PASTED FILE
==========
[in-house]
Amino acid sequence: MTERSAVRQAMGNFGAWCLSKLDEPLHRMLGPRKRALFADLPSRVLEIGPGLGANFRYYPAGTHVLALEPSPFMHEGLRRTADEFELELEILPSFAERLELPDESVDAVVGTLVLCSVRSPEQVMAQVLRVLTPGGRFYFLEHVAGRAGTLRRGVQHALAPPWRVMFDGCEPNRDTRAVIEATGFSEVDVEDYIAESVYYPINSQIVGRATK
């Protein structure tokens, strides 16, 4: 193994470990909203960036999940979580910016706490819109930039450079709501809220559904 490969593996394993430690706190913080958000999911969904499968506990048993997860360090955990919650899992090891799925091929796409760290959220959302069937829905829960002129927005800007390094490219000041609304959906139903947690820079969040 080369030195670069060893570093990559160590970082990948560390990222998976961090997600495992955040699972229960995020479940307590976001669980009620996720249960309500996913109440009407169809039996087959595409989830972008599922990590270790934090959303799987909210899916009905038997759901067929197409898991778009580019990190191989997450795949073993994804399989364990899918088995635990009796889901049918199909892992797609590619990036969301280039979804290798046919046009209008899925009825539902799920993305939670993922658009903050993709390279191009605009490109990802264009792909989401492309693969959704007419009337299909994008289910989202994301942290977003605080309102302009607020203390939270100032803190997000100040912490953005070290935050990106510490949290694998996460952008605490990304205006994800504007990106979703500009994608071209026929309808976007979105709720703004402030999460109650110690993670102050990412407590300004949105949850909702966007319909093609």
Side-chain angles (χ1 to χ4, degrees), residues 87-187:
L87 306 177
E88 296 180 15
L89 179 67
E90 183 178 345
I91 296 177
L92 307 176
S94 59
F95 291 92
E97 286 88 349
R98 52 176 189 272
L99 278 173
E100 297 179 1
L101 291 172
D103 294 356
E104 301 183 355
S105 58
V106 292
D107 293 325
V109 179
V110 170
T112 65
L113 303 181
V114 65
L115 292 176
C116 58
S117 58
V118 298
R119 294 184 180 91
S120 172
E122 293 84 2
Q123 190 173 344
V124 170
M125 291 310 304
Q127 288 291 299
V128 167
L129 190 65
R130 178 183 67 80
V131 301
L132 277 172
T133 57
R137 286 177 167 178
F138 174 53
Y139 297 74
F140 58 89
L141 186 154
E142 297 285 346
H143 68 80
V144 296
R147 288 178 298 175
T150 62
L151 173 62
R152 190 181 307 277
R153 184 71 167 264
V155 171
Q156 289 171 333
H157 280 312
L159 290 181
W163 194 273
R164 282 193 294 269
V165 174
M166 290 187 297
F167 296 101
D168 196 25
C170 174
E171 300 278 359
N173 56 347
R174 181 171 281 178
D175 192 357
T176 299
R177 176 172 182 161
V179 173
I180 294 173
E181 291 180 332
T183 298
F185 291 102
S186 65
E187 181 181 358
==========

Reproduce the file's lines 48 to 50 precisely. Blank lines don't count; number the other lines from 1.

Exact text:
F140 58 89
L141 186 154
E142 297 285 346